4. What will the SSM and the banking union mean for banks’ clients: depositors and borrowers?

They will mean a lot for them. The banking union is based on three pillars: the Single Supervisory Mechanism (SSM), the Single Resolution Mechanism (SRM) and a common system of deposit protection, which will be ready at a later stage. Once a full banking union has been achieved, and by that I mean a situation where confidence in deposits is independent of the jurisdiction in which banks are established, we will have a truly single banking system in Europe. However, the SSM is already moving full steam ahead and will be operational on 4 November. The preparatory work of the SSM includes a comprehensive assessment of the banks, which is aimed at restoring confidence in the banking sector by providing transparency with respect to the banks’ balance sheets. As a result, banks will have much better access to markets for equity and funding, which will permit them to better support economic activity.

5. Does the new supervisory mechanism require stricter rules for banks? And how could it affect their credit policy, which is essential for economic growth?

The SSM will ensure that the strong supervisory standards introduced by the Capital Requirements Regulation and Directive (CRD IV) will be applied in a homogeneous way across the whole euro area, hence providing a level playing field. This will help to reduce market fragmentation, fostering financial integration and further reaping the benefits of the Single Market. By reducing financial fragmentation, the SSM will also facilitate the smooth transmission of monetary policy throughout Monetary Union. Money markets will work more efficiently across national borders. For instance, in crisis times, we will no longer see national supervisors requiring banks to match national assets against national liabilities.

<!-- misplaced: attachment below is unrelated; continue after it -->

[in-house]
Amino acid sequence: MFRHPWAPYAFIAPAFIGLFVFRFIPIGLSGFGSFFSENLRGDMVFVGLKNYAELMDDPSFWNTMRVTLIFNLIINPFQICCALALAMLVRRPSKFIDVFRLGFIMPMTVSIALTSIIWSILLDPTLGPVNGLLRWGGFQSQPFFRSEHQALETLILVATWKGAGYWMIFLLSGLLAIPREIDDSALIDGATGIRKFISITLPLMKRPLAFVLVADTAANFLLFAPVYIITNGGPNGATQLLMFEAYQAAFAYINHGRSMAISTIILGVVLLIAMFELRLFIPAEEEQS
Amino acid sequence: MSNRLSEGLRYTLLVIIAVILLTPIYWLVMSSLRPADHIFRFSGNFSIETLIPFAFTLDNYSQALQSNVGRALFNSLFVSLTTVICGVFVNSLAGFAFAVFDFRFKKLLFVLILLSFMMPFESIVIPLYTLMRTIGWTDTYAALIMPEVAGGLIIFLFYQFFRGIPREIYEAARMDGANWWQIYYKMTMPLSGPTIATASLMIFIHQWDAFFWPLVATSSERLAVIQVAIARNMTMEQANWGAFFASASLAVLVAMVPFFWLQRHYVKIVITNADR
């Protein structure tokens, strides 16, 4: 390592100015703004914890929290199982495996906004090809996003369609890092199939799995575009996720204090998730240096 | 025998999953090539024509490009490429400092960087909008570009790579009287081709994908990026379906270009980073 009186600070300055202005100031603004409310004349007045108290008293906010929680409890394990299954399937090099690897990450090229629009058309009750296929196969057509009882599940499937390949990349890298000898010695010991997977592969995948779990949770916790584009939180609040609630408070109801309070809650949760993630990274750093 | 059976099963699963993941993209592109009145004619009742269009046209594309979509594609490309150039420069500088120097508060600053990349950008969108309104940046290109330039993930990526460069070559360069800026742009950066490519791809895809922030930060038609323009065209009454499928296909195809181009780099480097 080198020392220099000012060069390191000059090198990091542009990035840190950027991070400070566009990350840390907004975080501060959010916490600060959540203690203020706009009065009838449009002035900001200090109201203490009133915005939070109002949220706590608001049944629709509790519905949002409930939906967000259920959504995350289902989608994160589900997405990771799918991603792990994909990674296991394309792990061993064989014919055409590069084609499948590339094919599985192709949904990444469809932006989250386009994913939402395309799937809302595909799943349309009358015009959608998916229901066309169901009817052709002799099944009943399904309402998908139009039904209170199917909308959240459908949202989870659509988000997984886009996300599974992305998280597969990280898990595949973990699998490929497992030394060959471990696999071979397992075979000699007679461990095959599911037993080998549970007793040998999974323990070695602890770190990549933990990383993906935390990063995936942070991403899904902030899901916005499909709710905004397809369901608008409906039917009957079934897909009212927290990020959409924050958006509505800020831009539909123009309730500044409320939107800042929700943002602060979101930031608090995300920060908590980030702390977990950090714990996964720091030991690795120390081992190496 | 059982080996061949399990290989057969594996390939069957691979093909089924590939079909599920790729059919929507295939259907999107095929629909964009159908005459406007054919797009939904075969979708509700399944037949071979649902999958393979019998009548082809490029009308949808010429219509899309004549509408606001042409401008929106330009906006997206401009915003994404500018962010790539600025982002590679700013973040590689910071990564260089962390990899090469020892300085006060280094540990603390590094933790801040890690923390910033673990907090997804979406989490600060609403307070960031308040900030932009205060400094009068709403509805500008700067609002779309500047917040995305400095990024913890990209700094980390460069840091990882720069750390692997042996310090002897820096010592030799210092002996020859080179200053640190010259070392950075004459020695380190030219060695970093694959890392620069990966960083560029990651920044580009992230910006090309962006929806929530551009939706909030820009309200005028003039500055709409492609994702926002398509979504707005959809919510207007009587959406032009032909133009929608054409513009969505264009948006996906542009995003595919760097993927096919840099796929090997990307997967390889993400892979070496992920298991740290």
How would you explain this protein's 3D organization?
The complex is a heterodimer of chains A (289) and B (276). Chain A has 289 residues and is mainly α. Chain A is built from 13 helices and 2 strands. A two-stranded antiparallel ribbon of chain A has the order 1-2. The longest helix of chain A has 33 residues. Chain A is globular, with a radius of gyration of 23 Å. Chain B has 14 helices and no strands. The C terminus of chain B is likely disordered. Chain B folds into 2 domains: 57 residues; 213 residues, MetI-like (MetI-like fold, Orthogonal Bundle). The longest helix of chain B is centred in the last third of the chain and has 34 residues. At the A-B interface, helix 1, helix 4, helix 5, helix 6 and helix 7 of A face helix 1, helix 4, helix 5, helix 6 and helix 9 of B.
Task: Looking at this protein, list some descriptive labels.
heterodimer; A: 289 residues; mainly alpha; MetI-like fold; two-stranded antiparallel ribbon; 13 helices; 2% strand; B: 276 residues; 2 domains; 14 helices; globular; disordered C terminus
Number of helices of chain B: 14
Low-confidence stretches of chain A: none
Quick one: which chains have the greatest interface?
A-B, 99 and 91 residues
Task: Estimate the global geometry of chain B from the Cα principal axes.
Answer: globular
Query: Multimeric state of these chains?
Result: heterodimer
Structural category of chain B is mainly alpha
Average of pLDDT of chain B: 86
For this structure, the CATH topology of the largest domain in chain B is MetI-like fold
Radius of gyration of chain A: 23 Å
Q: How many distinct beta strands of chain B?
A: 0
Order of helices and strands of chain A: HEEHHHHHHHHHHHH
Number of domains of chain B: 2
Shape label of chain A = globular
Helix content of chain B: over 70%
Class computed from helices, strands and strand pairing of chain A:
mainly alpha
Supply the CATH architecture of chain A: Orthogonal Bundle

6. Is the introduction of the SSM related to the fight against money laundering through banks?

Anti-money laundering does not fall within the mandate of the SSM. These are supervisory duties that will remain a national responsibility.

7. The Latvian government has invested tens of millions lats of taxpayers money in Parex bank to save it from bankruptcy. Will there be fewer such cases thanks to your work in the future?

The intention is to make the use of public support more difficult so that the taxpayer does not have to bail out banks in the future. We have new regulations coming in, such as Basel III and CRD IV. State aid rules implemented since last summer state very clearly that the use of public money will require burden sharing, with the bail-in of junior debt and hybrid capital instruments. This is changing the landscape. The bail-in of senior debt from 2016 on is another powerful new element. When a problem is detected, if, for instance, the comprehensive assessment reveals capital shortfalls, the recapitalisation must be covered by private sources. Only if all private means have been exhausted, and a bank is still in need of capital, may public support be considered, provided a number of conditions are met.